The Killing: Missing
About ten minutes into last night’s episode, we were saying things like “They’re not going to spend the whole hour on Linden’s missing kid, are they?” About 30 minutes into the episode, we were saying things like, “They’re not actually going to kill off her kid, are they?” About 45 minutes into the episode, we were saying things like, “They’re not going to tie her missing kid into the murder investigation somehow, are they?” Well, shut our mouths. The show has been so relentlessly formulaic that we couldn’t even conceive of the idea behind this episode: an hour-long exploration of Holder and Linden; their backgrounds, what motivates them, and how they relate to each other, with almost no movement at all on the investigative front. Not that the latter is all that surprising, since there’s barely been any real movement on the case in many episodes, but we have to give the creators credit for throwing us a curveball.
Despite our fears as to where the episode was heading and confusion at the abrupt change in direction, we found ourselves enjoying the hour immensely. There are too many secrets on this show and for the most part, we have no idea who any of these characters are except at the most banal level. That’s one of the many reasons why the show has turned into such a slog. It’s hard to remain engaged with a story when practically everyone in it is a cipher. We appreciated the blanks being filled in on Linden and while it may play into some stereotypes about people who grow up in the foster care system, that reveal did go a long way to explain why she’s so horrible at personal relationships, especially of the family variety. What made it interesting was that while she was inadvertently revealing to Holder the whys of her poor people skills, she was also revealing the hows as she treated him dismissively, angrily, or as if he didn’t even exist, all the while belittling him when it was quite obvious, even to her, that he gave up doing something else that day just to be a friend to her when she needed it.
But for once, it wasn’t all doom and gloom (even as both characters feared the worst). Over the course of the episode, they both developed a real rapport with each other and their scene in the fast food joint especially was crackling with chemistry (not of the romantic variety) and a growing mutual respect.
Actually, that last part may be a bit misleading. It seems to us that Holder has always respected Linden and in fact, is a bit intimidated by her. There’s an endearing puppy-dog quality when he tries to get her to compliment him on doing something right. If we want to psychoanalyze it, we’d say Linden is a stand-in for Holder’s sister, who he’s disappointed one time too many and whose good graces he desperately craves above all else. The scene on the phone where he tries to explain to her why he can’t make it while realizing it sounds EXACTLY like a junkie’s excuse was heartbreaking.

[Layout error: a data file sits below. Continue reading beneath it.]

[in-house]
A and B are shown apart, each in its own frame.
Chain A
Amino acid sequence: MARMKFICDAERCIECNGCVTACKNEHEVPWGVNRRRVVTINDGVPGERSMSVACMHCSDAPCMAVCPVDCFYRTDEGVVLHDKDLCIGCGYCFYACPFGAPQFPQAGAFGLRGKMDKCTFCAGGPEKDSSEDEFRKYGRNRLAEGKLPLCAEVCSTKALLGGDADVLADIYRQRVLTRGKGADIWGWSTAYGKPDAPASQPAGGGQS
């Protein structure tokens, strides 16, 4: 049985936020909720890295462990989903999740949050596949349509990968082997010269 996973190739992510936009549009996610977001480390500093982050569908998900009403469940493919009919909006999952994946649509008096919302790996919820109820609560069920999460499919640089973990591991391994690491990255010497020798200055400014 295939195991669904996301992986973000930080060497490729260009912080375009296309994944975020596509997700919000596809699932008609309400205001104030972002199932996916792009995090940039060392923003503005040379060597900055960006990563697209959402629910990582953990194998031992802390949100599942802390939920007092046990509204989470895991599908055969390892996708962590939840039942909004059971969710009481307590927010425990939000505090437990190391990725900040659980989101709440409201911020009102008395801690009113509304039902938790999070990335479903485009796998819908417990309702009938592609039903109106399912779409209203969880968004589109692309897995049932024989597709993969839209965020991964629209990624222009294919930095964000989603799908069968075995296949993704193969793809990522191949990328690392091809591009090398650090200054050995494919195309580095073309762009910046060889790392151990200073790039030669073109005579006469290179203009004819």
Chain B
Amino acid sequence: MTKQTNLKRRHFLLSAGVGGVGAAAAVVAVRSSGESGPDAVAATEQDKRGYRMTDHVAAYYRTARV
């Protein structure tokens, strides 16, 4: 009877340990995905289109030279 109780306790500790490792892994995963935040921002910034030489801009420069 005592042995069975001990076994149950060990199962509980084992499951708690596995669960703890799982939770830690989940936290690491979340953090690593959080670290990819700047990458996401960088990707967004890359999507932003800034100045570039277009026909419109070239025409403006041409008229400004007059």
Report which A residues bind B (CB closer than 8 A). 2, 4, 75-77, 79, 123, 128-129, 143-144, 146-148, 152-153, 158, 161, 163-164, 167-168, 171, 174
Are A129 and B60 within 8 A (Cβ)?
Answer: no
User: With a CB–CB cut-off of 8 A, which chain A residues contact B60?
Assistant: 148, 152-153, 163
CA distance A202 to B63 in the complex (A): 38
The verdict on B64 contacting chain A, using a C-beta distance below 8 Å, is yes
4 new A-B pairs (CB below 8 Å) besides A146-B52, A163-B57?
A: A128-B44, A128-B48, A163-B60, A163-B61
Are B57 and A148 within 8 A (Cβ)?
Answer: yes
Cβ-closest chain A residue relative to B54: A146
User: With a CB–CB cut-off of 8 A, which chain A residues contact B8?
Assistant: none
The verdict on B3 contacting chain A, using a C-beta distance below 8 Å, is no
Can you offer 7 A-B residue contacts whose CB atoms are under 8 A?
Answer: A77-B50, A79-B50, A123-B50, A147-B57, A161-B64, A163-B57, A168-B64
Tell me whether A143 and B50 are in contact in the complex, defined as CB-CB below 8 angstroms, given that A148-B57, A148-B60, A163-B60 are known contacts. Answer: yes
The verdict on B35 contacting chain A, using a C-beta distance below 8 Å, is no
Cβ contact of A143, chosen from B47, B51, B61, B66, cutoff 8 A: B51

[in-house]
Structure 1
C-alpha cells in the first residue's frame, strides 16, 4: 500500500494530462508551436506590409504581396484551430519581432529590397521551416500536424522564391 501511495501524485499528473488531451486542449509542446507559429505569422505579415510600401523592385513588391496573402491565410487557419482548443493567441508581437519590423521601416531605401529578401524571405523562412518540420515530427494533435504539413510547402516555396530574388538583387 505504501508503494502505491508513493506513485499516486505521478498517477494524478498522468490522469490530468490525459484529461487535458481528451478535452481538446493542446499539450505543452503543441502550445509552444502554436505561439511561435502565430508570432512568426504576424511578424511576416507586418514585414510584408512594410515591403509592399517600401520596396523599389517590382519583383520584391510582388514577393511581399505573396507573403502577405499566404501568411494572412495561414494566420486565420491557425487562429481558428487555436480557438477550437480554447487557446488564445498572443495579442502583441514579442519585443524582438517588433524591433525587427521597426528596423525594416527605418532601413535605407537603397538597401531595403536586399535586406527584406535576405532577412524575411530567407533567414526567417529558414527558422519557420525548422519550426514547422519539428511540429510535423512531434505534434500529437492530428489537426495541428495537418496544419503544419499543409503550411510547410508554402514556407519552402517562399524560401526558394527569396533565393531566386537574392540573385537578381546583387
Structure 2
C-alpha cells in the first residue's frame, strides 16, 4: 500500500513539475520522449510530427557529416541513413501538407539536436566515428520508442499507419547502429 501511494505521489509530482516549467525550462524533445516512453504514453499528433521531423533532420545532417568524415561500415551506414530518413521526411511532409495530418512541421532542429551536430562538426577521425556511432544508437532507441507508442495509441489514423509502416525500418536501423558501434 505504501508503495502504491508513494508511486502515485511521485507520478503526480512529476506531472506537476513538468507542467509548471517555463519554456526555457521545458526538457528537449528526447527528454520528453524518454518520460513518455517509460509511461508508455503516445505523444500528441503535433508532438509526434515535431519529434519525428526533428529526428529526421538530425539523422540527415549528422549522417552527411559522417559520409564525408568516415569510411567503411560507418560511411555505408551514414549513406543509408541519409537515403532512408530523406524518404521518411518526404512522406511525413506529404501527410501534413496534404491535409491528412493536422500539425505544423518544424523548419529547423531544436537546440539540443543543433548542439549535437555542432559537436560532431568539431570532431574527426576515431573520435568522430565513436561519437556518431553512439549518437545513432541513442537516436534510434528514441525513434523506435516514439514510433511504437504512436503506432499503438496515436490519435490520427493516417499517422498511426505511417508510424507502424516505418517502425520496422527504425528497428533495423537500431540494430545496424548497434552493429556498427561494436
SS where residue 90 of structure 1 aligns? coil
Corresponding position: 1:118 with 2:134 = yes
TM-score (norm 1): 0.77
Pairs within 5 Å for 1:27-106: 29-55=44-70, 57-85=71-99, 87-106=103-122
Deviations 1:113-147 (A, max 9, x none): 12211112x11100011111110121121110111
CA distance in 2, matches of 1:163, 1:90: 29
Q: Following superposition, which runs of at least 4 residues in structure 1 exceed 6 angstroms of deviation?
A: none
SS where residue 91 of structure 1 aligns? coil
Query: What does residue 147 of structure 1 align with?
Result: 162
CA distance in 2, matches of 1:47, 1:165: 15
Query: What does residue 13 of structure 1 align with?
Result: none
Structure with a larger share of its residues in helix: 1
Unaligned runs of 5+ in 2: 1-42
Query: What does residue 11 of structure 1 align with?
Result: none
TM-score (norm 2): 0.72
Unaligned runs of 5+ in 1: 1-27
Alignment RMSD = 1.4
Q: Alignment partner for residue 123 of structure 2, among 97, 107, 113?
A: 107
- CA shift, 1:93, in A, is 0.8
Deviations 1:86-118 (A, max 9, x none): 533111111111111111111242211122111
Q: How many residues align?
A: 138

As for the Rose Larsen case, we did actually get a breakthrough and it was due to real honest-to-god good police work on Linden’s part. We thought the ATM runaround was a brilliant idea on her part. We seriously hope they’re not going to go off on a tangent about Native American tribal rights. Not that it isn’t a topic worthy of discussion but they blew their wad on the racism angle with the Muslim subplot and that was enough of a diversion for one season.
We’ve spent most of this season complaining about unnecessary diversions and red herrings and here we are praising an episode that was nothing but one hour-long diversion from the storyline. The irony is not lost on us. But we’d never call this episode unnecessary; quite the opposite, in fact. We absolutely needed these two characters to have a conversation and move forward in their professional relationship (and possible friendship). As viewers, we need to be given something to hold on to as we go forward and it looks to us like this episode will pay off down the line as the story reaches its climax.
And it hasn’t escaped our notice that the first really good and enjoyable episode in a long time was completely devoid of Larsen family misery porn or Richmond campaign scheming. If anything, this episode served to point out how weak the show’s format is. Sure, the idea of a television show exploring the rippling outward effects of one girl’s murder is interesting on paper, but when you’re stuck with one day= one episode, it means the story is slowed down considerably and the only thing you can do with the family is watch them be miserable. If there is a season two, we hope they ditch that format and let the story unfold naturally, letting the writers explore what they want and who they want without having to check in with every character every day of the investigation. Because when you do that, you give the characters a chance to breathe, and when they’re in the hands of – and this doesn’t get mentioned enough – a very talented cast of actors, the results can be fantastic.
[Picture credit: AMC TV]